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Projecting the Thunder Depth Chart: Centers

With a lack of depth at center, Derrick Favors could have one of his best seasons in a while with the Thunder.
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The 2021-22 NBA season is getting closer by the day. In just over a week, Oklahoma City Thunder training camp will begin as players start to compete for roster spots and minutes in the regular season rotation.

Additionally, the Thunder will have four preseason games to let guys prove their worth before the final roster has to be trimmed down heading into the season. 

One of the most interesting positions on the roster this season is the center spot, where OKC doesn’t have a young guy to develop. However, they do have a couple of veterans and young stretch bigs who will fill out the depth chart.

Starting Center: Derrick Favors

Derrick Favors

Mainly due to lack of competition for the starting job, Derrick Favors will be forced to start and play a ton of minutes at center this season. Although undersized at 6-foot-9, Favors is incredibly strong and an effective traditional center, even in the modern NBA.

Before last season in New Orleans, Favors was a guy who consistently started most games he played in the seven years prior. In fact, he’s got 485 career starts under his belt, which will only increase this season with the Thunder as their main center.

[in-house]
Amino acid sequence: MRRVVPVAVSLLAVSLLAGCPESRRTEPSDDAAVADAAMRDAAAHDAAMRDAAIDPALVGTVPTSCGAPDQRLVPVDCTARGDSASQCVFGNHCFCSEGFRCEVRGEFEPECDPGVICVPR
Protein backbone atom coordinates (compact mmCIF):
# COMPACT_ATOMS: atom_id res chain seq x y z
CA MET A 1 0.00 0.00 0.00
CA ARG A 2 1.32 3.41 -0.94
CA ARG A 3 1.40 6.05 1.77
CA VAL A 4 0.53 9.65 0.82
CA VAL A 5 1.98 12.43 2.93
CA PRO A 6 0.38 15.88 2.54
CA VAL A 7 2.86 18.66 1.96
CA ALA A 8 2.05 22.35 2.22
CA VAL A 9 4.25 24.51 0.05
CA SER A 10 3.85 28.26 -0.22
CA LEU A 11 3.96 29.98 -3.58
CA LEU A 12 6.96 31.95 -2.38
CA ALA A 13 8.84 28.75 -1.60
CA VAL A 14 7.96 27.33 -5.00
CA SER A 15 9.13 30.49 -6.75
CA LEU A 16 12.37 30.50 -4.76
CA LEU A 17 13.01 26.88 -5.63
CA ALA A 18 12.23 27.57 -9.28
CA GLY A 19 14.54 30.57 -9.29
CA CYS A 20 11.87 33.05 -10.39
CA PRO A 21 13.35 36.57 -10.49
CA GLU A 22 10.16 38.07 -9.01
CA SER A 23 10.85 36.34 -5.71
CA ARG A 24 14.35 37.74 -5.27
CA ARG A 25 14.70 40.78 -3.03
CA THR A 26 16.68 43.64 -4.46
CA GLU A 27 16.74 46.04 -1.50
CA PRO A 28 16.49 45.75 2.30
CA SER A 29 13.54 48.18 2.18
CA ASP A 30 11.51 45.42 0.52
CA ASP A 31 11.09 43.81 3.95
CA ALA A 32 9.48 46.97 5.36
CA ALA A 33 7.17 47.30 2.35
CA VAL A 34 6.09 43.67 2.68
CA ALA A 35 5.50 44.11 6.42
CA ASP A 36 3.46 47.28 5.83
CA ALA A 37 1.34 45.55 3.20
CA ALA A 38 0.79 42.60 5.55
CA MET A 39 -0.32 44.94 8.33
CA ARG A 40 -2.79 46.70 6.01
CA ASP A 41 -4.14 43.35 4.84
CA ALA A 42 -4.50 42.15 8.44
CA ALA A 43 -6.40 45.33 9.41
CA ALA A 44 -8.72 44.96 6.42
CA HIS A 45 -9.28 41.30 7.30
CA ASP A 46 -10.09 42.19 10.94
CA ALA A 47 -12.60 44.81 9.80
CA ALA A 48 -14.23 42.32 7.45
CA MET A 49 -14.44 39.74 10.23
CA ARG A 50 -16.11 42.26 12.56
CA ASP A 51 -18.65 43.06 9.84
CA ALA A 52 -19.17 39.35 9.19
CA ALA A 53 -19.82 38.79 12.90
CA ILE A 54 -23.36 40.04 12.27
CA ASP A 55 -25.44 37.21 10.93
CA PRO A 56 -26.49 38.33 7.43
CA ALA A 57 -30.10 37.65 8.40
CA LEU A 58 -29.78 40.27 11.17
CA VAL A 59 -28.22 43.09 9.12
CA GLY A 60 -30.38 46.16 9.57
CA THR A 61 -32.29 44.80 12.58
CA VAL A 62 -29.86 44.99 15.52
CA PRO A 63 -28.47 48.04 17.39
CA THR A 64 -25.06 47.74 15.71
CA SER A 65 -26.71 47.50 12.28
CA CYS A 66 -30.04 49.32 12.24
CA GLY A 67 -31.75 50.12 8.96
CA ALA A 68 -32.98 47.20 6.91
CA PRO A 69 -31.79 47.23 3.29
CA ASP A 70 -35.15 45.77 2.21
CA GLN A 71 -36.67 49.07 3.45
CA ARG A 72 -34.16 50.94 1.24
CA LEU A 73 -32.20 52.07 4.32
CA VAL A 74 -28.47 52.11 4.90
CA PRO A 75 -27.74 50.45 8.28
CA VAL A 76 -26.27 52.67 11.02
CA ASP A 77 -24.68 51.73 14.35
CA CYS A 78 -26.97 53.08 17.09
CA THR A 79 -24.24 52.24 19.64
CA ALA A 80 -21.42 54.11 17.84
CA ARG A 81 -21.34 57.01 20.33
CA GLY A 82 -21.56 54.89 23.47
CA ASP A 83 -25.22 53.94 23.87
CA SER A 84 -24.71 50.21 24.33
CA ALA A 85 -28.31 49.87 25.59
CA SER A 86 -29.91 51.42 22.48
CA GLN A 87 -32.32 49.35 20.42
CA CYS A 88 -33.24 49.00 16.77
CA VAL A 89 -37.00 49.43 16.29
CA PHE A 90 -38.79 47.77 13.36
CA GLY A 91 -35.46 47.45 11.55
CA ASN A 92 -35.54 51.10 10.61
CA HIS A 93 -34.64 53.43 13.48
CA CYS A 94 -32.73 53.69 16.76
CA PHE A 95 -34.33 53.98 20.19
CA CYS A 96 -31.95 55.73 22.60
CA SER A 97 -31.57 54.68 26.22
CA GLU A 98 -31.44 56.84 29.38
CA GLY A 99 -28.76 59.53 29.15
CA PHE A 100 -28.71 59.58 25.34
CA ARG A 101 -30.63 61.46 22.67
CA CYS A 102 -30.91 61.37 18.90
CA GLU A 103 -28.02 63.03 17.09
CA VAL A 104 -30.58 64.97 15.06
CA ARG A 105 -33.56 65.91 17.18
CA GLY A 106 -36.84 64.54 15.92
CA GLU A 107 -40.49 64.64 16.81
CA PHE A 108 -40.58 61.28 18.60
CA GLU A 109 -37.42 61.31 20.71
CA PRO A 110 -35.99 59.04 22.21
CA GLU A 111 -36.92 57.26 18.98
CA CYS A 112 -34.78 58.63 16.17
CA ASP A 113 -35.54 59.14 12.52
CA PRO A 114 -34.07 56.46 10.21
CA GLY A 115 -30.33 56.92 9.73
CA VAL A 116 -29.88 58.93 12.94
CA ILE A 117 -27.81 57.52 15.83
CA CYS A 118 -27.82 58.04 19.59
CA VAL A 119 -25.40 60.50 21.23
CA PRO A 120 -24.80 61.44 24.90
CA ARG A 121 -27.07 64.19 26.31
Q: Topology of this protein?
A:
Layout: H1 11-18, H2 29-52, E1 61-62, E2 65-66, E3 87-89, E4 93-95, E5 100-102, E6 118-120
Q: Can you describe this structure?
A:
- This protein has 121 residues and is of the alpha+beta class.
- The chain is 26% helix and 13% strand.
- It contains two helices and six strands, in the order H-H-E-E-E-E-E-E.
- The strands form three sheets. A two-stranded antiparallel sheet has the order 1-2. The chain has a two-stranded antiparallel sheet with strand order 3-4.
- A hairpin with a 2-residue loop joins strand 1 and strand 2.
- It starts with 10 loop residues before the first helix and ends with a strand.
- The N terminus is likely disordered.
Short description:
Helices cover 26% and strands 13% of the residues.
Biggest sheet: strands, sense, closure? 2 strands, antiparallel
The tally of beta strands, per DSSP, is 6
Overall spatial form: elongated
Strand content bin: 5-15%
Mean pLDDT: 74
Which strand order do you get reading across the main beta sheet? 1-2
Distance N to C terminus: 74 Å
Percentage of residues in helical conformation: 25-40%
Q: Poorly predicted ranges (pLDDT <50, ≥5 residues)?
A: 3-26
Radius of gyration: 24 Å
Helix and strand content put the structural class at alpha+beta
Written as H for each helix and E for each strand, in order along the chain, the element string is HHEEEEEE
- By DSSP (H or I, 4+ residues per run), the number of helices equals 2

Backup Center: Mike Muscala

Mike Muscala, Oklahoma City Thunder, Dallas Mavericks

With center being the one position that the Thunder don’t have a young guy to groom, the backup this season could also be a veteran. Mike Muscala will play more of a mentorship role off the court this season, but when he does play should be effective with his floor spacing.

Favors is more of a traditional center, meaning Muscala can give defenses a different look without losing size. At 6-foot-10 with a solid frame, he can truly play the center position for long stretches.


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No. 3 Center: Jeremiah Robinson-Earl

Jeremiah Robinson-Earl

When Oklahoma City decides they want to play small-ball, Jeremiah Robinson-Earl could be the go-to guy this season at center. With that in mind, the rookie certainly isn’t a true center and isn’t viable at the position for long stretches of a game at 6-foot-9.

In NBA Summer League last month, Robinson-Earl was forced to play quite a bit of center with no other true bigs on the roster. He looked very comfortable most of the time, but the talent he’ll be up against in the regular season will be much higher.

No. 4 Center: Isaiah Roby

Isaiah Roby, Steph Curry, Golden State Warriors

Similar to Robinson-Earl, Isaiah Roby is not a center in the NBA, but has proven to be effective when playing in smaller lineups at big. He can’t give you a ton of minutes at the five, especially against teams with an elite center, but does provide additional lineup versatility.

At 6-foot-8, Roby will split his time between the wing, the stretch four and small-ball five. His strength and athleticism often goes unnoticed, but he’s one of the better athletes in Oklahoma City, which helps him on both ends of the floor when he’s playing undersized.


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